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Diane Karr“You’re going to have to help me move.”

Coming from Mr. Corn Farmer, this can only mean one thing: Shuffling equipment from one field to the next.  It goes something like this:

“You’re going to bring the Suburban to the west side of Egypt and pick up the flat tires and then we’re going to go the north quarter and you’re going to hook on to the water trailer and move it back down to the west side then go back up to the north quarter and I’m going to take the semi to the plant and you’re going to take the tires to the guy at the shop and then come pick me up and take me to the other pick up.”  (I know that’s run-on sentence, but it’s fitting when we’re running all over the place!)

You might be wondering just exactly how one drives to “Egypt,” but as far as I know, most farmers have names for all of their fields, and this is just another farm name.  Some references we use for farm locations include “Home Place”, “Cow Palace”, “South 80” and “Call Quarter”.  Other farms are named for the current or prior owner, such as “Grandpa’s”.  The farm we call “Egypt” gained this nickname due to its sandy soil profile.  “Poor Farm” has the unique history of being the location of a county poor farm, although today there is virtually no trace of its existence.  (“80” refers to 80 acres, and “Quarter” refers to a quarter section, which is 160 acres.)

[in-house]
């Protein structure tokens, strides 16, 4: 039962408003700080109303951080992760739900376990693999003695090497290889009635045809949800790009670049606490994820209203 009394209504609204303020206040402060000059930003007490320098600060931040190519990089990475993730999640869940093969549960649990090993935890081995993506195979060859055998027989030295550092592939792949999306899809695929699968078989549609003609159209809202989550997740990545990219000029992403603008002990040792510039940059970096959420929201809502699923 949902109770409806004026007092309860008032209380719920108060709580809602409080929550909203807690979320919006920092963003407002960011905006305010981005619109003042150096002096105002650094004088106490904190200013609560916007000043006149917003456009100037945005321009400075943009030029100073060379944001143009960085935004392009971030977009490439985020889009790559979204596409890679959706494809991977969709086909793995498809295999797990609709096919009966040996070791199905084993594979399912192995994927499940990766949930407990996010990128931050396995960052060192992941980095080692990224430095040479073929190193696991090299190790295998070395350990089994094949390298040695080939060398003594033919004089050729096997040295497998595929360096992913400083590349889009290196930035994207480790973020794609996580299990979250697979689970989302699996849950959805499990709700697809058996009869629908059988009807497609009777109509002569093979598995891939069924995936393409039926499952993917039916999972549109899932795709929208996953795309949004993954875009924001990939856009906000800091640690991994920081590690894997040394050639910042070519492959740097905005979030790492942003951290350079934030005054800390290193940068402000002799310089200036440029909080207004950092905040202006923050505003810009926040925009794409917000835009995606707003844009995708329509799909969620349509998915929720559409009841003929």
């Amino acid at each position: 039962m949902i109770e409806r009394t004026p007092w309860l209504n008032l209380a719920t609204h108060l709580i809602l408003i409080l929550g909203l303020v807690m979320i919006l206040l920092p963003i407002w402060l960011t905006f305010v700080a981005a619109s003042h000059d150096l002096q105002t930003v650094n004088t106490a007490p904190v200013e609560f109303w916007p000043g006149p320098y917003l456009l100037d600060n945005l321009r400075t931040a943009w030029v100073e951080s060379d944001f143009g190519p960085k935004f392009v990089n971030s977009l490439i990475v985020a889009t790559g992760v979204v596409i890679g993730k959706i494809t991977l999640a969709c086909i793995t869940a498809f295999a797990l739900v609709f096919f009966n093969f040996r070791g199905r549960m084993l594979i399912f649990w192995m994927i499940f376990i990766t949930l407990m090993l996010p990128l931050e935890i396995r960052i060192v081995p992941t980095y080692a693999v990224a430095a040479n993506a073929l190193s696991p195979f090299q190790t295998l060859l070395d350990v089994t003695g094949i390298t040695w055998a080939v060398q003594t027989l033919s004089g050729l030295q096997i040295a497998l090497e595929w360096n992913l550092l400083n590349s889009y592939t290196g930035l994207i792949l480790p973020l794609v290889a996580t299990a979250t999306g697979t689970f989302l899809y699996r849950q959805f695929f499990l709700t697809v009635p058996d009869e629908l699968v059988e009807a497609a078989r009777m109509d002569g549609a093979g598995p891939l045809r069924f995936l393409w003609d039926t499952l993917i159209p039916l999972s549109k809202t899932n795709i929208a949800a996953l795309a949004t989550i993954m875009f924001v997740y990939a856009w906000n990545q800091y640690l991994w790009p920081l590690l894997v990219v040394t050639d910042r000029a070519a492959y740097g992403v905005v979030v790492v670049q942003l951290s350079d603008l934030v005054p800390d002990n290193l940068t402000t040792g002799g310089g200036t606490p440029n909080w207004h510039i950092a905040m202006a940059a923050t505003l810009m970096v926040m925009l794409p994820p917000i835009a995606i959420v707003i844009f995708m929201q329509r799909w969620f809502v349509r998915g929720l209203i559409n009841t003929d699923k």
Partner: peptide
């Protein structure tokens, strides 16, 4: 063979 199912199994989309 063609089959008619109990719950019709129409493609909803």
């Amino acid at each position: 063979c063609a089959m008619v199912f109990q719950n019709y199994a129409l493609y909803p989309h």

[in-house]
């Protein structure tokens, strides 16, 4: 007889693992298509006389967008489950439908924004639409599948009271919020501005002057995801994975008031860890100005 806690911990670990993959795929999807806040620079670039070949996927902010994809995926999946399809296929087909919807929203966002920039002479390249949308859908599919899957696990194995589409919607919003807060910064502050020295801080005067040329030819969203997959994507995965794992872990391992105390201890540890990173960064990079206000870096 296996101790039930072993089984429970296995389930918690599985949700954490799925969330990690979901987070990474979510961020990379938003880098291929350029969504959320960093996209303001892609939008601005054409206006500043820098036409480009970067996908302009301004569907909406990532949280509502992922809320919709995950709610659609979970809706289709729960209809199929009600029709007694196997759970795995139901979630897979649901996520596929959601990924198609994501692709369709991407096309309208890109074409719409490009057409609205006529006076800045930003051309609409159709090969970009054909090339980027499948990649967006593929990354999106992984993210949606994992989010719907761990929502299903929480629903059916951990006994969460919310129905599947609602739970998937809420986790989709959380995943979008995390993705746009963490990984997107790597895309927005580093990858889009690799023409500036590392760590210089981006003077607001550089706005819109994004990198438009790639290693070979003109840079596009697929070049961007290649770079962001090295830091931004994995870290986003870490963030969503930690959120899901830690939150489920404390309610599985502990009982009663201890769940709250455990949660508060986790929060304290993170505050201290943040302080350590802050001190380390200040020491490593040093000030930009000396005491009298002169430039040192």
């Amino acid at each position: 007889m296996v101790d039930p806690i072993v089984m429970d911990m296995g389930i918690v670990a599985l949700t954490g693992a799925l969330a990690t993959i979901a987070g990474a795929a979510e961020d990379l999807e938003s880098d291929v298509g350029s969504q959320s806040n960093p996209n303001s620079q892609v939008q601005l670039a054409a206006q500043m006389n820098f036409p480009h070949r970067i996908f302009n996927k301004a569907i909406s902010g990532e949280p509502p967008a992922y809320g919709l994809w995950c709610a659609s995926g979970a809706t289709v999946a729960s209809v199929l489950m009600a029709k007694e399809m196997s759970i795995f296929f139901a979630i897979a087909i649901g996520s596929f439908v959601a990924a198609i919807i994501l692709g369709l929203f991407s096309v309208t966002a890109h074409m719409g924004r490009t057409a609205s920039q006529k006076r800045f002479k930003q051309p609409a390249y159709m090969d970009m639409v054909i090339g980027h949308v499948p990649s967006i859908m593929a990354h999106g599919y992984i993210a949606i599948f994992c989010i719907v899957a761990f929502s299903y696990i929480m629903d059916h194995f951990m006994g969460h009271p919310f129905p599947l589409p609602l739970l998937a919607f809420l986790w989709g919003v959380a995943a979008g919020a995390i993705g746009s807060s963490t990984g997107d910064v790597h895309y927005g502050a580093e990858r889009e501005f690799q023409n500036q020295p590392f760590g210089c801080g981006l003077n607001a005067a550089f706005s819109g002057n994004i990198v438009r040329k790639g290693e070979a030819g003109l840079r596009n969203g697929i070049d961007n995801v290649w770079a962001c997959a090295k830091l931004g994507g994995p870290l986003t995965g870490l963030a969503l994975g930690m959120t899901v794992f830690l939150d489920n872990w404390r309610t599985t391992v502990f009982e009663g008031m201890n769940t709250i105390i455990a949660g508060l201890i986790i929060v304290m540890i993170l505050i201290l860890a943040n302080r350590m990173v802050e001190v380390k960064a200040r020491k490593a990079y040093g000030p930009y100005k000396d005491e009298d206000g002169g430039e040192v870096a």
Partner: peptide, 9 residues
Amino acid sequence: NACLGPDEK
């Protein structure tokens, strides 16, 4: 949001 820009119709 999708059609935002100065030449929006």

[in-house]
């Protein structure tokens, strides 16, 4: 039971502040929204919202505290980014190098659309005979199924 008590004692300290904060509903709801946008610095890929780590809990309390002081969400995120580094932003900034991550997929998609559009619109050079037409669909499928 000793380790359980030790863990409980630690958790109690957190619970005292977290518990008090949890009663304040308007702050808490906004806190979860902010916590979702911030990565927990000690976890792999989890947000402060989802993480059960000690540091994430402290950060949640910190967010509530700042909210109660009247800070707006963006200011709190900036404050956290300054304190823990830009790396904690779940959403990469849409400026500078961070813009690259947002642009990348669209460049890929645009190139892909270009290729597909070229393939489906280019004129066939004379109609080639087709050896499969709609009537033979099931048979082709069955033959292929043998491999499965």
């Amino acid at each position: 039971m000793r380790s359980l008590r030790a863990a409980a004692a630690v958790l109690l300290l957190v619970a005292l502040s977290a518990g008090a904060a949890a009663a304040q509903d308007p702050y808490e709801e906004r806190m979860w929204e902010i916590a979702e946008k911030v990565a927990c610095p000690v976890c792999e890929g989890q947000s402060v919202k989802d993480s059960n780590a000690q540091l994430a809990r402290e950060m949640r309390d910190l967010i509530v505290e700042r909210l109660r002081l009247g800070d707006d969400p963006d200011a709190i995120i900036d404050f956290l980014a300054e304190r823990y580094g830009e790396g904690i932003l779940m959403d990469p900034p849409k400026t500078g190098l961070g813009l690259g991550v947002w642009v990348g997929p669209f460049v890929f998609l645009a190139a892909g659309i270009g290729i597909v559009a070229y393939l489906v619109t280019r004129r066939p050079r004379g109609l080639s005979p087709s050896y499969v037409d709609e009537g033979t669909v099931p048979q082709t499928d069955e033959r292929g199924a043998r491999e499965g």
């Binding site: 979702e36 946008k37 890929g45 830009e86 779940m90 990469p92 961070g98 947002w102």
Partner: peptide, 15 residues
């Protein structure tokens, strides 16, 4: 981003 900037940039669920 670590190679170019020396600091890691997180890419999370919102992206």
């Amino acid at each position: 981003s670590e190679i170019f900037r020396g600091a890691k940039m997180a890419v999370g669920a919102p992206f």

In this day and age, there are road signs at every intersection and map apps on smartphones to make “moving day” a somewhat worry-free adventure.  Prior to signs, moving day meant following some goofy directions and paying very close attention to landmarks like barns, bins, bridges, or even numbers on utility poles.  Although I might make a wrong turn in the middle of nowhere, I don’t have to be concerned with getting lost.  It also helps that I grew up driving the “backroads”.diane karr boys farm names moving dayOn this particular moving day, our little boys had fun as they tried to move a tire, waved at cows, and enjoyed their snacks.  As it turns out, our family Suburban is more than just a kid-wagon stuffed with musical instruments, sports gear, bag chairs, fishing poles, coloring books, and beach towels. It’s pulled trailers, carried parts, and has been filled with bags of seed corn.  It’s even been to “Egypt” and back.





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